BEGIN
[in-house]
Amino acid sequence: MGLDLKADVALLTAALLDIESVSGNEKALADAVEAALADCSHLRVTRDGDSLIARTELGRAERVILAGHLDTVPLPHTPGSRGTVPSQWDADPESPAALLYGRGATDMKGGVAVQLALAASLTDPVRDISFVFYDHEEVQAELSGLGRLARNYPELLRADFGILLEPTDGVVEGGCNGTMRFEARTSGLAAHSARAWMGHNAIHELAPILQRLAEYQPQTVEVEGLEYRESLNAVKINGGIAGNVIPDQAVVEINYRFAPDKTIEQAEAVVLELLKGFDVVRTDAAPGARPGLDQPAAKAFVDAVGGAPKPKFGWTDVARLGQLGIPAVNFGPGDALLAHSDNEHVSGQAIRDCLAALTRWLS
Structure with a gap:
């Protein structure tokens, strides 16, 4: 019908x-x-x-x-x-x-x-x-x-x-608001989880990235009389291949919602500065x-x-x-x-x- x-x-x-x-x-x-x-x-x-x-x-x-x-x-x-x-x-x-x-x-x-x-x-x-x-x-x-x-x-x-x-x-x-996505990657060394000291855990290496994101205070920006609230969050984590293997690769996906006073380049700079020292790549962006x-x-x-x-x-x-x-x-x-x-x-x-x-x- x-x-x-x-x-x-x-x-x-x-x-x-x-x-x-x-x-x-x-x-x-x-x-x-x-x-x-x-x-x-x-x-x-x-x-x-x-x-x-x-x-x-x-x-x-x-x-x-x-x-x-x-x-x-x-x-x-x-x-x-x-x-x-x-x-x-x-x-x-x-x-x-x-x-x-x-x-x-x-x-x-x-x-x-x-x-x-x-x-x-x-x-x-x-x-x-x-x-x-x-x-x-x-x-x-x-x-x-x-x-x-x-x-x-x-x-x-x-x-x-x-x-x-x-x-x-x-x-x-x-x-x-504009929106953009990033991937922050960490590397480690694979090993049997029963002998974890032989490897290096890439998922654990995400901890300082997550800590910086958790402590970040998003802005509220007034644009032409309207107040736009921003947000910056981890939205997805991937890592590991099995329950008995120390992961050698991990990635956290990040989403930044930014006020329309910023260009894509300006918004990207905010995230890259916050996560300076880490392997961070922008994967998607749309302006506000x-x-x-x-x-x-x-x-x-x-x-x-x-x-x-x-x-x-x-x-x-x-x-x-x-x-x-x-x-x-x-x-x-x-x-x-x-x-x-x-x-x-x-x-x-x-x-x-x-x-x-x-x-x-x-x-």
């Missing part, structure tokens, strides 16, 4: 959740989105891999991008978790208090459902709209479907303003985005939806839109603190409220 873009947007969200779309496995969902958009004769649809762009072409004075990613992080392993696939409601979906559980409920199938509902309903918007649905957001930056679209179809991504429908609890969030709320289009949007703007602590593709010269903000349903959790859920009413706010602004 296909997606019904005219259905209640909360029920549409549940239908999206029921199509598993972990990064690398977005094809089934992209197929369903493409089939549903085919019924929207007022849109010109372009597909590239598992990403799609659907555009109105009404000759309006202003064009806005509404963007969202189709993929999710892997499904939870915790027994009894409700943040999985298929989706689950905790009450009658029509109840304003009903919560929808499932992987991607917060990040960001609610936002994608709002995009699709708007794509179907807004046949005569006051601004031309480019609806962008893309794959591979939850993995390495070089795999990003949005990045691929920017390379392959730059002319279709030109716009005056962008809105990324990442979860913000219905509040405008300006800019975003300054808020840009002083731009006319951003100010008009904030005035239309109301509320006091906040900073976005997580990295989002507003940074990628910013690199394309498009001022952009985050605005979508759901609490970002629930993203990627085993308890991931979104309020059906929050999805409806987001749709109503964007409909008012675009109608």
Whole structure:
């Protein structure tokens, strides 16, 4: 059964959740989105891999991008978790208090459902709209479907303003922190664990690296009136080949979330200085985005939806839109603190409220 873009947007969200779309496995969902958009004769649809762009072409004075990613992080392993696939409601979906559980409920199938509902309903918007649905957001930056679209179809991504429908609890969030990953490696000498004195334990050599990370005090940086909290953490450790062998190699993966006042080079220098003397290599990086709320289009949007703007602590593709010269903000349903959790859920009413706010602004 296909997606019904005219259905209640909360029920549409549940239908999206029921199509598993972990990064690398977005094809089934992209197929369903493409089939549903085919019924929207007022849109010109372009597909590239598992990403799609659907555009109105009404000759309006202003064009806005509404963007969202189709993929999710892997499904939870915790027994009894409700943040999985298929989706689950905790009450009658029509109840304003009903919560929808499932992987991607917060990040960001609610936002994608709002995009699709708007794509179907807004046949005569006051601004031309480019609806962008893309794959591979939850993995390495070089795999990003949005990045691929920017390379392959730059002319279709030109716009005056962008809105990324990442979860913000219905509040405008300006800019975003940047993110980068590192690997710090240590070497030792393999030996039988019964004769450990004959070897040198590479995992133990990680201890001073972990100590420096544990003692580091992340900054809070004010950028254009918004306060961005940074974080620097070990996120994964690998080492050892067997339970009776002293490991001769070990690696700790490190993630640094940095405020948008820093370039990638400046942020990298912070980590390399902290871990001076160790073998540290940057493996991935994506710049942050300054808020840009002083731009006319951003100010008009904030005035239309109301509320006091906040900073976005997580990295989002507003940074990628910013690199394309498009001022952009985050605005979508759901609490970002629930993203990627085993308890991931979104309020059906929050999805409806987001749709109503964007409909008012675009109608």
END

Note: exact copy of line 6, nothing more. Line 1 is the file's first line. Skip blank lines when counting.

Whole structure: